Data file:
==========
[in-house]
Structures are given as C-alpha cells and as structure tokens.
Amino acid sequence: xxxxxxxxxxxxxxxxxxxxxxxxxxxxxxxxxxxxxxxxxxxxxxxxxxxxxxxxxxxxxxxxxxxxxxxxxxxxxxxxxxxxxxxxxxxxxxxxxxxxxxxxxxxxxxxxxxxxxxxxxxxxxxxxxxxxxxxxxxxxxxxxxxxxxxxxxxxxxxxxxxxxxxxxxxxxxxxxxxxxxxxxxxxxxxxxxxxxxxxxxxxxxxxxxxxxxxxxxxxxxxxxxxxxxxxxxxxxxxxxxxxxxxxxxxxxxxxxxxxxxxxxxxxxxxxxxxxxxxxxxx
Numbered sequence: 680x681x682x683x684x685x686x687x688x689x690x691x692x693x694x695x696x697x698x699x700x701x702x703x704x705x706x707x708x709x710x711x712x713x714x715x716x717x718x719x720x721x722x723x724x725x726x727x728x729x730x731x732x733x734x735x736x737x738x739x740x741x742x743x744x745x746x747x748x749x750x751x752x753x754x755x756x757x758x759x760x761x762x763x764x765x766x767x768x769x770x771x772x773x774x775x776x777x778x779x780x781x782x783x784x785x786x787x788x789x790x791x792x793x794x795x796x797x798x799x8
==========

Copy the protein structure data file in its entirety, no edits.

[in-house]
Structures are given as C-alpha cells and as structure tokens.
Amino acid sequence: xxxxxxxxxxxxxxxxxxxxxxxxxxxxxxxxxxxxxxxxxxxxxxxxxxxxxxxxxxxxxxxxxxxxxxxxxxxxxxxxxxxxxxxxxxxxxxxxxxxxxxxxxxxxxxxxxxxxxxxxxxxxxxxxxxxxxxxxxxxxxxxxxxxxxxxxxxxxxxxxxxxxxxxxxxxxxxxxxxxxxxxxxxxxxxxxxxxxxxxxxxxxxxxxxxxxxxxxxxxxxxxxxxxxxxxxxxxxxxxxxxxxxxxxxxxxxxxxxxxxxxxxxxxxxxxxxxxxxxxxxx
Numbered sequence: 680x681x682x683x684x685x686x687x688x689x690x691x692x693x694x695x696x697x698x699x700x701x702x703x704x705x706x707x708x709x710x711x712x713x714x715x716x717x718x719x720x721x722x723x724x725x726x727x728x729x730x731x732x733x734x735x736x737x738x739x740x741x742x743x744x745x746x747x748x749x750x751x752x753x754x755x756x757x758x759x760x761x762x763x764x765x766x767x768x769x770x771x772x773x774x775x776x777x778x779x780x781x782x783x784x785x786x787x788x789x790x791x792x793x794x795x796x797x798x799x8